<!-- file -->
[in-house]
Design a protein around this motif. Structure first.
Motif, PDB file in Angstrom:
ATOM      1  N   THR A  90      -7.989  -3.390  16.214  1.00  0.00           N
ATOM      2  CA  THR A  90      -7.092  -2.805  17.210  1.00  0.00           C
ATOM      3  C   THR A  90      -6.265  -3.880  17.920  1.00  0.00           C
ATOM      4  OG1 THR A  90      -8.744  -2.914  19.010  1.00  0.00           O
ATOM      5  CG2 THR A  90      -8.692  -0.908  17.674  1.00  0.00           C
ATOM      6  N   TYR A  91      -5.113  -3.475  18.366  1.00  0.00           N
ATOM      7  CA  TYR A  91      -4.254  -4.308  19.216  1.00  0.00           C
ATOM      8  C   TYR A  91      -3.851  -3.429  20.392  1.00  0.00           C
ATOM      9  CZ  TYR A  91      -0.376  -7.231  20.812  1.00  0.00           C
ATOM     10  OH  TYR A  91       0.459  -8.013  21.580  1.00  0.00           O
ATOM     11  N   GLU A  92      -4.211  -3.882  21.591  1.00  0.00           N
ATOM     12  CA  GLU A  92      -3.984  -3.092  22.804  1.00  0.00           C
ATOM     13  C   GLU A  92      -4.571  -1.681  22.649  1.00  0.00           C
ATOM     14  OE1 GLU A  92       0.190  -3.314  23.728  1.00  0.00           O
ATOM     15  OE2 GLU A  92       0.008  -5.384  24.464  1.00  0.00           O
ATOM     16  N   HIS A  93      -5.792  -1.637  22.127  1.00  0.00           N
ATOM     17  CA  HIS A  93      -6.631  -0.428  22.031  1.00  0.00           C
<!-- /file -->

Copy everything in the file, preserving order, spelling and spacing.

[in-house]
Design a protein around this motif. Structure first.
Motif, PDB file in Angstrom:
ATOM      1  N   THR A  90      -7.989  -3.390  16.214  1.00  0.00           N
ATOM      2  CA  THR A  90      -7.092  -2.805  17.210  1.00  0.00           C
ATOM      3  C   THR A  90      -6.265  -3.880  17.920  1.00  0.00           C
ATOM      4  OG1 THR A  90      -8.744  -2.914  19.010  1.00  0.00           O
ATOM      5  CG2 THR A  90      -8.692  -0.908  17.674  1.00  0.00           C
ATOM      6  N   TYR A  91      -5.113  -3.475  18.366  1.00  0.00           N
ATOM      7  CA  TYR A  91      -4.254  -4.308  19.216  1.00  0.00           C
ATOM      8  C   TYR A  91      -3.851  -3.429  20.392  1.00  0.00           C
ATOM      9  CZ  TYR A  91      -0.376  -7.231  20.812  1.00  0.00           C
ATOM     10  OH  TYR A  91       0.459  -8.013  21.580  1.00  0.00           O
ATOM     11  N   GLU A  92      -4.211  -3.882  21.591  1.00  0.00           N
ATOM     12  CA  GLU A  92      -3.984  -3.092  22.804  1.00  0.00           C
ATOM     13  C   GLU A  92      -4.571  -1.681  22.649  1.00  0.00           C
ATOM     14  OE1 GLU A  92       0.190  -3.314  23.728  1.00  0.00           O
ATOM     15  OE2 GLU A  92       0.008  -5.384  24.464  1.00  0.00           O
ATOM     16  N   HIS A  93      -5.792  -1.637  22.127  1.00  0.00           N
ATOM     17  CA  HIS A  93      -6.631  -0.428  22.031  1.00  0.00           C